Babes Wodumo and boyfriend Mampintsha. Zanele Zulu/African News Agency (ANA)
Babes Wodumo and boyfriend Mampintsha. Zanele Zulu/African News Agency (ANA)

#BabesWodumo: Why women go back to abusive partners

By Marchelle Abrahams Time of article published Mar 4, 2019

Share this article:

It's traumatic to watch, and yet South Africa woke up the video of gqom musician Babes Wodumo allegedly being assaulted by her boyfriend Mampintsha.

The attack was broadcast on her Instagram feed on Sunday night. But it's not the first time the couple have been involved in altercations. 

Despite the fact that domestic abuse and violence against women and children are often under-reported due to the victim’s fear, statistics of abuse experienced and reported in South Africa remain extremely high, according to Courtney Greene - occupational therapist at Akeso Clinic Umhlanga.

“Often abuse may stem from early learning experiences. Many abusers were abused in their lifetime and have learned to see hurtful behaviour as normal", said Greene.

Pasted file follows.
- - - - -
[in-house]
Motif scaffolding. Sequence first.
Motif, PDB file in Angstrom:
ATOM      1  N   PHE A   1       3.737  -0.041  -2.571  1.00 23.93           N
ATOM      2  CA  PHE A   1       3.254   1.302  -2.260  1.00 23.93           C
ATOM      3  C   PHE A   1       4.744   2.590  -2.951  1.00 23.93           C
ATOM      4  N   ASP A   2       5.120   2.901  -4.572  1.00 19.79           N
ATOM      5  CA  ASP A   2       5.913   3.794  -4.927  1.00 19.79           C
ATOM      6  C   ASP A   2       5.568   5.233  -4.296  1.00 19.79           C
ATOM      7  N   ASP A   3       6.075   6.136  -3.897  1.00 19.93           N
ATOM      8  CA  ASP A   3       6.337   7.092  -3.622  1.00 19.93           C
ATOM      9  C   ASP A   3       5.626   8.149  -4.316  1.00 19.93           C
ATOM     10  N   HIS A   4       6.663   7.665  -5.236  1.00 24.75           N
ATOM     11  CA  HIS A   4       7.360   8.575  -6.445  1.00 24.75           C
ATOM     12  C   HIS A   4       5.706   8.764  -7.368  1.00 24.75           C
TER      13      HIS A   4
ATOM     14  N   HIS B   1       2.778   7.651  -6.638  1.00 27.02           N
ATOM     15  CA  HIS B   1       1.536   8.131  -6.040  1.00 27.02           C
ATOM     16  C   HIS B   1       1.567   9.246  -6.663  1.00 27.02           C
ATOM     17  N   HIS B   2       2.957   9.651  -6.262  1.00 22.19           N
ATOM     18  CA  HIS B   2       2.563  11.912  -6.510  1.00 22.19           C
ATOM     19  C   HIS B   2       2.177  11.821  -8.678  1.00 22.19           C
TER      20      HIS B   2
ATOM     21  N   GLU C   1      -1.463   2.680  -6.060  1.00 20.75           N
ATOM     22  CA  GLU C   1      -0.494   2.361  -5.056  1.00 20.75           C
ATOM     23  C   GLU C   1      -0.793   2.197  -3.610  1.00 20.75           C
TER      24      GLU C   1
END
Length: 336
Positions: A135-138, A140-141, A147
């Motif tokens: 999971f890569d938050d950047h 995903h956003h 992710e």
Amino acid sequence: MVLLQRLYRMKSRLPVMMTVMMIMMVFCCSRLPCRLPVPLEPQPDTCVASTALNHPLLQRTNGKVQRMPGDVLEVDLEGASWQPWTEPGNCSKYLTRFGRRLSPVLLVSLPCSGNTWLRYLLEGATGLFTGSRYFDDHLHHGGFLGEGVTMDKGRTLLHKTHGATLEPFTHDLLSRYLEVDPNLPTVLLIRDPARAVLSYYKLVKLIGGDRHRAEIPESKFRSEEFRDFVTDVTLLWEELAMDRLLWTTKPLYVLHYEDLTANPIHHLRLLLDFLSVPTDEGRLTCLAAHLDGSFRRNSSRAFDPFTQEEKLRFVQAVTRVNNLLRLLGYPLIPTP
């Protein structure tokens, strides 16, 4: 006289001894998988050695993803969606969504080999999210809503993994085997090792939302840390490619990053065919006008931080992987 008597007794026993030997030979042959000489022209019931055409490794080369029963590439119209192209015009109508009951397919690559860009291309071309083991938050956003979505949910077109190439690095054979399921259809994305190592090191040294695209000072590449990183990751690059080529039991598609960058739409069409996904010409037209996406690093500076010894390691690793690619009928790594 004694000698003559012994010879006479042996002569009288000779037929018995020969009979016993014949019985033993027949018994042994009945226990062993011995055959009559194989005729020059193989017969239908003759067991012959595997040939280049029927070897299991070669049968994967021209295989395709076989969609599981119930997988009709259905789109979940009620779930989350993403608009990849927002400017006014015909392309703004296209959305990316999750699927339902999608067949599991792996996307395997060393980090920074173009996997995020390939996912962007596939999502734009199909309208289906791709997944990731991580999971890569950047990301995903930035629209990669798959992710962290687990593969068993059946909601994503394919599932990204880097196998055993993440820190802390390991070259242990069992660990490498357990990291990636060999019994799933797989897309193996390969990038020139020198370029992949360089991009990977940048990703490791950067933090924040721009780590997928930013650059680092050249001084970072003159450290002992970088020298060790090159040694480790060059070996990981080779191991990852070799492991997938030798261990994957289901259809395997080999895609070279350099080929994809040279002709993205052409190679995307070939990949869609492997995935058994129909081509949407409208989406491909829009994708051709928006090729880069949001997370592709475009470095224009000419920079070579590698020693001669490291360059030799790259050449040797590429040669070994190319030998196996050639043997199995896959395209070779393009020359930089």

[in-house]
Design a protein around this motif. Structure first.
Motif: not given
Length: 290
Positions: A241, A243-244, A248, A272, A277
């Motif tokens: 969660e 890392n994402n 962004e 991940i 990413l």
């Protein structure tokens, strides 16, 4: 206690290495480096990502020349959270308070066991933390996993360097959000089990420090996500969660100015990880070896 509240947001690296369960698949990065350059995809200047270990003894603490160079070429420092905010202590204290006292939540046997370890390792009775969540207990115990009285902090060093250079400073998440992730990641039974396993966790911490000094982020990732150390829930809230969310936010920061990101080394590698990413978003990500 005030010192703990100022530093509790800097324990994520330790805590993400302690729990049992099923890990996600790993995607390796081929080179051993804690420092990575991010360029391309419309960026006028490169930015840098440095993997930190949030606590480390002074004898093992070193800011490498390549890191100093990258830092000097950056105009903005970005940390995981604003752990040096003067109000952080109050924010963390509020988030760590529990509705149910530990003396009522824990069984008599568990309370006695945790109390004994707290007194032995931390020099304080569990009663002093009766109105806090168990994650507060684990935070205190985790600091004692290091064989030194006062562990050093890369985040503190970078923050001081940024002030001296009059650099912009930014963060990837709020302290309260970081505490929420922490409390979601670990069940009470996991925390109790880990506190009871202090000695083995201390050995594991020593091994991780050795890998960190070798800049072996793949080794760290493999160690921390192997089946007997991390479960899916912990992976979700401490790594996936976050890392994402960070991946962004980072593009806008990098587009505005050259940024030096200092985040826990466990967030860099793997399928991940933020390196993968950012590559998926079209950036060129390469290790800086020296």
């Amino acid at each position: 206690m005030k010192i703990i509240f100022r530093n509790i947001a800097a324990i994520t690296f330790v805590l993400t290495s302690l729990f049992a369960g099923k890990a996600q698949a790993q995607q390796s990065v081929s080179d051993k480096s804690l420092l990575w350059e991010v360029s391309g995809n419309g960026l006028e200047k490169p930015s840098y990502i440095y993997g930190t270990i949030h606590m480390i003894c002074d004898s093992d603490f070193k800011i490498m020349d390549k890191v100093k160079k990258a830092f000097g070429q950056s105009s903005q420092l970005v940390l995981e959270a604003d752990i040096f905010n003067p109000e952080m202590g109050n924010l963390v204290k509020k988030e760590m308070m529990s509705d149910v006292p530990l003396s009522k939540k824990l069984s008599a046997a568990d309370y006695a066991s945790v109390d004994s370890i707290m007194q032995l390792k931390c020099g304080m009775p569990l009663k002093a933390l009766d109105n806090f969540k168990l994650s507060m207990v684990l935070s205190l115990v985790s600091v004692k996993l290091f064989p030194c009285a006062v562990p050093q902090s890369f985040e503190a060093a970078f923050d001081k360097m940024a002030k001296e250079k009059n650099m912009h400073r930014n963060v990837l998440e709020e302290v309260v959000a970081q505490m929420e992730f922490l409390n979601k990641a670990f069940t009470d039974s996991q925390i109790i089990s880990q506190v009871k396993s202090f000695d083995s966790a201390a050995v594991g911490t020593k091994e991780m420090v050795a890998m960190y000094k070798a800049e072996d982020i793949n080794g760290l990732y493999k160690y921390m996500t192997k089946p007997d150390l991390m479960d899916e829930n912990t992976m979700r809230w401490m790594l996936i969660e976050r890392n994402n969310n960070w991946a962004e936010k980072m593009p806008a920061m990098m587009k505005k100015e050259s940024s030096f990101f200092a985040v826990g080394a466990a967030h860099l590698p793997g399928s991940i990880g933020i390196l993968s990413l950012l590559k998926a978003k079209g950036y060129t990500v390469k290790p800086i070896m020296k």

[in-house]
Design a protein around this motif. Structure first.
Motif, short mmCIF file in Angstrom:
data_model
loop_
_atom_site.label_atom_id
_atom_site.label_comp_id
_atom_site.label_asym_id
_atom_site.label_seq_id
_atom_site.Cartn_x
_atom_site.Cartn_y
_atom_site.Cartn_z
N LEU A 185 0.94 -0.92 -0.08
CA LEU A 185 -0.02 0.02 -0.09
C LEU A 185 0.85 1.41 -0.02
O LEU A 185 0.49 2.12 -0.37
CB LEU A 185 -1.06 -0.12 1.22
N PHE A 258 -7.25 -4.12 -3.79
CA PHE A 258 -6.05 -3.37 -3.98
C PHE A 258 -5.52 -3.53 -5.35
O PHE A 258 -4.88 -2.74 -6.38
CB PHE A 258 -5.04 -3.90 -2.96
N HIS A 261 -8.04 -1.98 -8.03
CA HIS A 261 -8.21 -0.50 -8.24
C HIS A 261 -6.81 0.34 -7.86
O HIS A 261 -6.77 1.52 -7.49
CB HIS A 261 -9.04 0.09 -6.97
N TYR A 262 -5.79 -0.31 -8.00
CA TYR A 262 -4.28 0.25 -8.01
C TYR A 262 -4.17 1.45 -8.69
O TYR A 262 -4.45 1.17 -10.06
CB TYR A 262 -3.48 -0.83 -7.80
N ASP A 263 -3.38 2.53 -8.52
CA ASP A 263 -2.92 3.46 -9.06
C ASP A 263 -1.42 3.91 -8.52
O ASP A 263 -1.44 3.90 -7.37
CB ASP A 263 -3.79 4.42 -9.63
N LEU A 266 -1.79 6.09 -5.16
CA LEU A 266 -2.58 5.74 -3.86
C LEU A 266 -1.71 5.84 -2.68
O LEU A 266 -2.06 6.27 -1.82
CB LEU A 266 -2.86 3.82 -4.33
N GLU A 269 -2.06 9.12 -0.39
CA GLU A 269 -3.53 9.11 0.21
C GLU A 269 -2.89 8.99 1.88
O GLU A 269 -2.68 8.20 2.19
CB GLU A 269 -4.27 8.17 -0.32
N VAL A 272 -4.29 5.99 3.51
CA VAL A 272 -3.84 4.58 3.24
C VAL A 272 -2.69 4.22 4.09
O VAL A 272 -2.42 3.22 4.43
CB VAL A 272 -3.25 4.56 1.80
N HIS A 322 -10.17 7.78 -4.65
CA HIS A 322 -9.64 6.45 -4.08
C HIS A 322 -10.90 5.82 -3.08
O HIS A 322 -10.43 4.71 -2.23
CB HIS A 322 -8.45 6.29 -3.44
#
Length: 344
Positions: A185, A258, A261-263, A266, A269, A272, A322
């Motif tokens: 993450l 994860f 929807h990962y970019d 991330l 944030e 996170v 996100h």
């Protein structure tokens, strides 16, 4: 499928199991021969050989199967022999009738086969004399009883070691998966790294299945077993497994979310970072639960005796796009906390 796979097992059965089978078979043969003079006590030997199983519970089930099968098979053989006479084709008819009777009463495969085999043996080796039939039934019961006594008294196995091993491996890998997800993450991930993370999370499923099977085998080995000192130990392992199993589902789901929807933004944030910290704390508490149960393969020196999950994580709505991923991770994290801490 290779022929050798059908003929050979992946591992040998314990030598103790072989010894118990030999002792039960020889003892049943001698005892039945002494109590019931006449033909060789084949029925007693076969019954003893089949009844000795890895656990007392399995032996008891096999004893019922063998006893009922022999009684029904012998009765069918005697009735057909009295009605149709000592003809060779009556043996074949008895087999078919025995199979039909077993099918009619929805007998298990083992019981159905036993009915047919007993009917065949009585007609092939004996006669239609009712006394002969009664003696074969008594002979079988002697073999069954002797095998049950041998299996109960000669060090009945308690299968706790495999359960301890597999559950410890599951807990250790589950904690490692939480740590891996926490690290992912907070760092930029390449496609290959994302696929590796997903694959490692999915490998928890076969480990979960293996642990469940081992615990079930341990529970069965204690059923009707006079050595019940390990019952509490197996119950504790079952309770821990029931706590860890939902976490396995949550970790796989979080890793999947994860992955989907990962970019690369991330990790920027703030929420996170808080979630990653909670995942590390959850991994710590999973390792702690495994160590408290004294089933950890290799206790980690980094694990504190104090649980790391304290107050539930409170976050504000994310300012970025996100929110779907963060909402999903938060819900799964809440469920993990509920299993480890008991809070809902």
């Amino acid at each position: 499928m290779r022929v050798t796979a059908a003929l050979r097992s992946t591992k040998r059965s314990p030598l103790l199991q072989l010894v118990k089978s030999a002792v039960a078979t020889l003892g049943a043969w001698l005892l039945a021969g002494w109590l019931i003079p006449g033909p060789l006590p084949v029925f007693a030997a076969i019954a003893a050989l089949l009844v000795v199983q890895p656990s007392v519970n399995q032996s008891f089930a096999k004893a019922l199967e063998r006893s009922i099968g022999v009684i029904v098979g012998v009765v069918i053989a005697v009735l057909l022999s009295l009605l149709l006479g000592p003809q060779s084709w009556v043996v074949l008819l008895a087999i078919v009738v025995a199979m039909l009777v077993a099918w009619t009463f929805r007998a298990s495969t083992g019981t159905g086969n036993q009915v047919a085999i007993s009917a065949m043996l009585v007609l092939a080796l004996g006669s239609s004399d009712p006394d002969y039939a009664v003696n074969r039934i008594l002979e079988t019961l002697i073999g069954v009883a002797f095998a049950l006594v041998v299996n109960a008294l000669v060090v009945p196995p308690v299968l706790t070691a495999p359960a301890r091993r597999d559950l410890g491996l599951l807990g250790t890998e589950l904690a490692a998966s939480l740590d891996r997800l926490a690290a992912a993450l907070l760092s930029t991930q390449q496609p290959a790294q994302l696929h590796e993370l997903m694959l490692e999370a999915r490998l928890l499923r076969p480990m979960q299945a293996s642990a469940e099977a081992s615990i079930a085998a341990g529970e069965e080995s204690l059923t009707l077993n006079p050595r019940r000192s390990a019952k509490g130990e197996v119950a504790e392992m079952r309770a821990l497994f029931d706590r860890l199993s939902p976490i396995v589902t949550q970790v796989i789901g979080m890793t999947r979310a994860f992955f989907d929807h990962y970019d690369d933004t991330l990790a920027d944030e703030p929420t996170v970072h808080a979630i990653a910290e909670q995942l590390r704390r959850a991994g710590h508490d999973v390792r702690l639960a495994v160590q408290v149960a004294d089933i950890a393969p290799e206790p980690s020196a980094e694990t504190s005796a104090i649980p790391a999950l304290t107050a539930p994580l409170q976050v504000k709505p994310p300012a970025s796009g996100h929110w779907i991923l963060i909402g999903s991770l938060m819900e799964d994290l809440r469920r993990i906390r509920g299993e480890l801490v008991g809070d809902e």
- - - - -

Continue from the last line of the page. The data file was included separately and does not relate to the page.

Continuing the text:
But the big question people want to know is why do victims always go back? Control is a big deciding factor. "The aggressor often uses mind games, anger, threats and insults to dominate the victim and control her actions and habits," Greene commented.

"They may tell you what to wear, who you may see, and use threats of violence or self-harm in order to attempt to control the victim.”

Tell-tale signs of abuse:

  • Seem afraid or anxious to please their partner;
  • Talk about their partner's temper, jealousy, or possessiveness;
  • Have frequent injuries, with the excuse of “accidents”;
  • Frequently miss work, school, or social occasions, without explanation;
  • Dress in clothing designed to hide bruises or scars (e.g. wearing long sleeves in the summer or sunglasses indoors);
  • Show major personality changes (e.g. an outgoing person becomes withdrawn, be depressed, anxious, or suicidal);
  • Have limited access to money, credit cards, or the car.

Helpful organisations

  • Akeso 24-hour helpline: 0861 4357 87
  • Family And Marriage Society of South Africa (FAMSA) gives counselling to the abused and their families. Tel: 011 975 7101
  • Lifeline provides 24-hour counselling services. Call the SA National Counselling Line on 0861 322 322.
  • People Opposing Women Abuse (POWA) provides telephonic, counselling and legal support to women experiencing abuse. 083 765 1235
  • Rape Crisis offers free confidential counselling to people who have been raped or sexually assaulted. Call 011 642 4345.
  • SAPS 10111
  • SADAG - Mental Health Line 011 234 4837

Share this article:

Related Articles